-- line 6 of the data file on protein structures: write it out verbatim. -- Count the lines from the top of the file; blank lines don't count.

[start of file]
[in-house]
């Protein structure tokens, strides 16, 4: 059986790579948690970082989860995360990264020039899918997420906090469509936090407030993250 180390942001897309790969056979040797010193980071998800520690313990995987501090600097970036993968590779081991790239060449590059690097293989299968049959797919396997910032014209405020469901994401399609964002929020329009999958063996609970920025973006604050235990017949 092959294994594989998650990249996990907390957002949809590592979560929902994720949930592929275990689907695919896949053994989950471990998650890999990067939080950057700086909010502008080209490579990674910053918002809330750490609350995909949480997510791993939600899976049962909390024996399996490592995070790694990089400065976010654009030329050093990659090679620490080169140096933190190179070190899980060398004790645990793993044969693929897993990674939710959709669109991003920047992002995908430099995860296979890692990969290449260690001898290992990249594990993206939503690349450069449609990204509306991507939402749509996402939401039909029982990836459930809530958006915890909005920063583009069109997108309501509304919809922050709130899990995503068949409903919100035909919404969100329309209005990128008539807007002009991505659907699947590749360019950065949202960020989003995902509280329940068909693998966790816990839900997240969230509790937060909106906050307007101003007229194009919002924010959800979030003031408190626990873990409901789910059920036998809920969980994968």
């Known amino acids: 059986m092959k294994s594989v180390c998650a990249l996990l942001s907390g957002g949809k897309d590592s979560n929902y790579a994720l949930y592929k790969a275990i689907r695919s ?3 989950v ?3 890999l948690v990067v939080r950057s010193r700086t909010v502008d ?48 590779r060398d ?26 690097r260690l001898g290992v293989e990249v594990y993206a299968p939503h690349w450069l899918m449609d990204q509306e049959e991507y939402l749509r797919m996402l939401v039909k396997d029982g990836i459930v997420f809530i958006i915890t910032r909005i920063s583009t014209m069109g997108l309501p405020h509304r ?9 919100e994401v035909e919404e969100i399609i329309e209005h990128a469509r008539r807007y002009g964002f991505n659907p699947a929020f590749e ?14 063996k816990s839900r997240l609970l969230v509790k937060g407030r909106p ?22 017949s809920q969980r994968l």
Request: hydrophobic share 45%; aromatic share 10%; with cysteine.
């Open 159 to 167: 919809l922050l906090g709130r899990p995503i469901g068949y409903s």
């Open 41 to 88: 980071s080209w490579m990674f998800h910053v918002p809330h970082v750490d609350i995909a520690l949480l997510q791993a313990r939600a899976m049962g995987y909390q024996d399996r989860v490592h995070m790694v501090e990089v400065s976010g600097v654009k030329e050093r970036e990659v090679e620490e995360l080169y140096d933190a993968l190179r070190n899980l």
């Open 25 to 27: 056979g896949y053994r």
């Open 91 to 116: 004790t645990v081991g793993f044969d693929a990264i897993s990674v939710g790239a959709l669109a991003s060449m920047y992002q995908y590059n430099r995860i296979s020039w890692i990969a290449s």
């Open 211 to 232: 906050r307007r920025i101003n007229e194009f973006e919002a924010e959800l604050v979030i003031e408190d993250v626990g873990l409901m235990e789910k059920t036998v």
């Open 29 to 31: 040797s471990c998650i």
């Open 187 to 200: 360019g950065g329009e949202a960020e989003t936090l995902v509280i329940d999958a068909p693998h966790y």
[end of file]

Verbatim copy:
């Open 41 to 88: 980071s080209w490579m990674f998800h910053v918002p809330h970082v750490d609350i995909a520690l949480l997510q791993a313990r939600a899976m049962g995987y909390q024996d399996r989860v490592h995070m790694v501090e990089v400065s976010g600097v654009k030329e050093r970036e990659v090679e620490e995360l080169y140096d933190a993968l190179r070190n899980l």